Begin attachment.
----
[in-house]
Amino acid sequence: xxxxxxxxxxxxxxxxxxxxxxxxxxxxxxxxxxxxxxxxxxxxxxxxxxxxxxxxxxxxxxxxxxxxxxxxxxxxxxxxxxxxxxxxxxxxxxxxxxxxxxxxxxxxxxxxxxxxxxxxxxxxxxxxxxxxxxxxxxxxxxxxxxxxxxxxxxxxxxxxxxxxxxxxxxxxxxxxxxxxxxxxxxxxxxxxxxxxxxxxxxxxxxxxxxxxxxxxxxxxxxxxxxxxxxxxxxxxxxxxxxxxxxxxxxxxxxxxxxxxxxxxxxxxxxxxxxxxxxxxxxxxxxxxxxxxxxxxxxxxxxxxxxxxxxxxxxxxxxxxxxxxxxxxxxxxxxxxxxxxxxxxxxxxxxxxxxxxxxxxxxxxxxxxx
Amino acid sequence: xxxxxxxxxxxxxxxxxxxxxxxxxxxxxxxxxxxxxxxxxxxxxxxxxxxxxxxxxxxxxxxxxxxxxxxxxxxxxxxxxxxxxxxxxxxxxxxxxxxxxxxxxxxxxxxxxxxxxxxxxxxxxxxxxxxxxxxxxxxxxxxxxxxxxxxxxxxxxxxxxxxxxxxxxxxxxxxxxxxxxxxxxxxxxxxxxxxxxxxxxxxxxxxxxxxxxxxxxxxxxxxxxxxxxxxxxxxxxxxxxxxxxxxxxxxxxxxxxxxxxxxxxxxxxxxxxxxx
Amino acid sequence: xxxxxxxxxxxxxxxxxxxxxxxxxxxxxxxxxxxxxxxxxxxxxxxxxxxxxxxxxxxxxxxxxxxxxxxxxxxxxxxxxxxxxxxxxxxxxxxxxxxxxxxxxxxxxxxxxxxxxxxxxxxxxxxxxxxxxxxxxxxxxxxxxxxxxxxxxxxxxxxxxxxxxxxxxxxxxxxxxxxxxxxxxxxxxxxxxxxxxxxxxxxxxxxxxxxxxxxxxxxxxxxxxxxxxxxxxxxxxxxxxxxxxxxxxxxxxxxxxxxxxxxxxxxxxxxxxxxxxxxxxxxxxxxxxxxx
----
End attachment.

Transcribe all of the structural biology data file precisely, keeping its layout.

[in-house]
Amino acid sequence: xxxxxxxxxxxxxxxxxxxxxxxxxxxxxxxxxxxxxxxxxxxxxxxxxxxxxxxxxxxxxxxxxxxxxxxxxxxxxxxxxxxxxxxxxxxxxxxxxxxxxxxxxxxxxxxxxxxxxxxxxxxxxxxxxxxxxxxxxxxxxxxxxxxxxxxxxxxxxxxxxxxxxxxxxxxxxxxxxxxxxxxxxxxxxxxxxxxxxxxxxxxxxxxxxxxxxxxxxxxxxxxxxxxxxxxxxxxxxxxxxxxxxxxxxxxxxxxxxxxxxxxxxxxxxxxxxxxxxxxxxxxxxxxxxxxxxxxxxxxxxxxxxxxxxxxxxxxxxxxxxxxxxxxxxxxxxxxxxxxxxxxxxxxxxxxxxxxxxxxxxxxxxxxxx
Amino acid sequence: xxxxxxxxxxxxxxxxxxxxxxxxxxxxxxxxxxxxxxxxxxxxxxxxxxxxxxxxxxxxxxxxxxxxxxxxxxxxxxxxxxxxxxxxxxxxxxxxxxxxxxxxxxxxxxxxxxxxxxxxxxxxxxxxxxxxxxxxxxxxxxxxxxxxxxxxxxxxxxxxxxxxxxxxxxxxxxxxxxxxxxxxxxxxxxxxxxxxxxxxxxxxxxxxxxxxxxxxxxxxxxxxxxxxxxxxxxxxxxxxxxxxxxxxxxxxxxxxxxxxxxxxxxxxxxxxxxxx
Amino acid sequence: xxxxxxxxxxxxxxxxxxxxxxxxxxxxxxxxxxxxxxxxxxxxxxxxxxxxxxxxxxxxxxxxxxxxxxxxxxxxxxxxxxxxxxxxxxxxxxxxxxxxxxxxxxxxxxxxxxxxxxxxxxxxxxxxxxxxxxxxxxxxxxxxxxxxxxxxxxxxxxxxxxxxxxxxxxxxxxxxxxxxxxxxxxxxxxxxxxxxxxxxxxxxxxxxxxxxxxxxxxxxxxxxxxxxxxxxxxxxxxxxxxxxxxxxxxxxxxxxxxxxxxxxxxxxxxxxxxxxxxxxxxxxxxxxxxxx